Police departments could also duplicate efforts like Reveal’s — researching and joining local chapters of extremist groups on Facebook and other social media sites to monitor them and check for current or potential officers, Berntson said.
“Every department should basically maximize their resources to cover themselves. If they have access to information, or can get it, they should use it,” he said. “Best-case scenario, you’ll find that someone is fine. But the worst-case scenario is that you don’t find out about someone’s past, then an officer hurts or kills somebody and the department gets sued.”
Even then, the world of extremism has learned to adapt and shift to deliberately camouflage hateful activity online. Departments therefore have the challenge of staying up to date with the latest lingo and themes hate groups are using, said Megan Squire, a computer science professor and expert on extremism at Elon University in North Carolina.
“The vocabulary, the jargon these hate groups use is deliberately to keep outsiders out,” Squire said. “If you’re hiring a 20-year-old, they’re going to have memes and terminology that your average 40- or 50-year-old isn’t going to know naturally like they would know a swastika.”
Keeping up with the latest trends in extremism is no simple task, Squire said, but departments could outsource their research, working with local academics or activists to build knowledge about how hate groups communicate online. There are also valuable resources available online, she said, like the Anti-Defamation League’s Hate Symbols Database.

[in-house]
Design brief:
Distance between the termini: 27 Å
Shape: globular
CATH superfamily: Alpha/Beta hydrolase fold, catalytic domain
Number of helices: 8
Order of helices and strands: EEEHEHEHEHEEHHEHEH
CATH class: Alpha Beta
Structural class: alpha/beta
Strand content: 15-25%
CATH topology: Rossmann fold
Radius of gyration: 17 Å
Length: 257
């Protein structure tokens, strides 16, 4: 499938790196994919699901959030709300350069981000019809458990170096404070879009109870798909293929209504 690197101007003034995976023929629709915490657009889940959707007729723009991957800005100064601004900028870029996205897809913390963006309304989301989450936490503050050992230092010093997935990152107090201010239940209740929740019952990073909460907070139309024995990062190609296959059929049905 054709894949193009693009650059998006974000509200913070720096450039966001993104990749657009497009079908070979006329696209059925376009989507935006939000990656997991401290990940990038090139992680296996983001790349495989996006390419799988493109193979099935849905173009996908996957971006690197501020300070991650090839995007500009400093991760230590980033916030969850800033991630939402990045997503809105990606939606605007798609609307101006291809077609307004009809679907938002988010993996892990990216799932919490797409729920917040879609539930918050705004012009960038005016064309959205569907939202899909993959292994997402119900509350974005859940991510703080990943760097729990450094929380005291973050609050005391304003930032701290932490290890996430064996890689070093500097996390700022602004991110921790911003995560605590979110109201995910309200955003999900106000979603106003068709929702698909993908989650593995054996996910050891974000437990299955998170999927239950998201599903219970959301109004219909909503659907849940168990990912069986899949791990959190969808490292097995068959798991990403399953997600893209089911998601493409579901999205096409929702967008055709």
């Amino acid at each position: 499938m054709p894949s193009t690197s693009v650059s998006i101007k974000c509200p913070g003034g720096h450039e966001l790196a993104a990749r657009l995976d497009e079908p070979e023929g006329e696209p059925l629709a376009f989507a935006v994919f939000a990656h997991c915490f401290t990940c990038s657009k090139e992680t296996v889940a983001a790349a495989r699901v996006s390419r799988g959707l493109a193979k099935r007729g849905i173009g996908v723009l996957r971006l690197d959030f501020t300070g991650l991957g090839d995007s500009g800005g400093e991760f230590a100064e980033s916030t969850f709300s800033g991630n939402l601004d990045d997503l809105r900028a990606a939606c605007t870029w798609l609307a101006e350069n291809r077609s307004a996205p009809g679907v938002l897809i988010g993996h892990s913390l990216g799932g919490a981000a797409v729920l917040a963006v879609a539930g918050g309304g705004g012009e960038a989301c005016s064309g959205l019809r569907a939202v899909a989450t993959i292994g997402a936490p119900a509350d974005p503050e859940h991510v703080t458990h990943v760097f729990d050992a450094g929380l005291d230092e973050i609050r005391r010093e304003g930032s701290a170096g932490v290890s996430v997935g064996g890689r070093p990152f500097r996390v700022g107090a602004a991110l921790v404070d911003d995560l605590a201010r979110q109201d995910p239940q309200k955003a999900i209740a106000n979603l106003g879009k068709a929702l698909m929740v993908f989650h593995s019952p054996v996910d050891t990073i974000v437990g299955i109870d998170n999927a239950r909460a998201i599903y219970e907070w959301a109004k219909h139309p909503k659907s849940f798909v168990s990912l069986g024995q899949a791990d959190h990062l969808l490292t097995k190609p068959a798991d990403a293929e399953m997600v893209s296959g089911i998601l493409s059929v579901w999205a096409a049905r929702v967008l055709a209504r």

And the International Association of Chiefs of Police runs the Center for Social Media, which publishes guidelines and “awareness briefs” to inform police departments about questionable online activity and how to identify and investigate extremists online.
The organization didn’t respond to several calls for comment. A guide to “cybervetting” potential recruits on its website, despite being almost 10 years old, provides extensive guidance for departments. The document details how a department can set up a vetting policy and lays out the legal parameters departments can work inside — explaining how departments should balance privacy concerns with the need to know more about their recruits.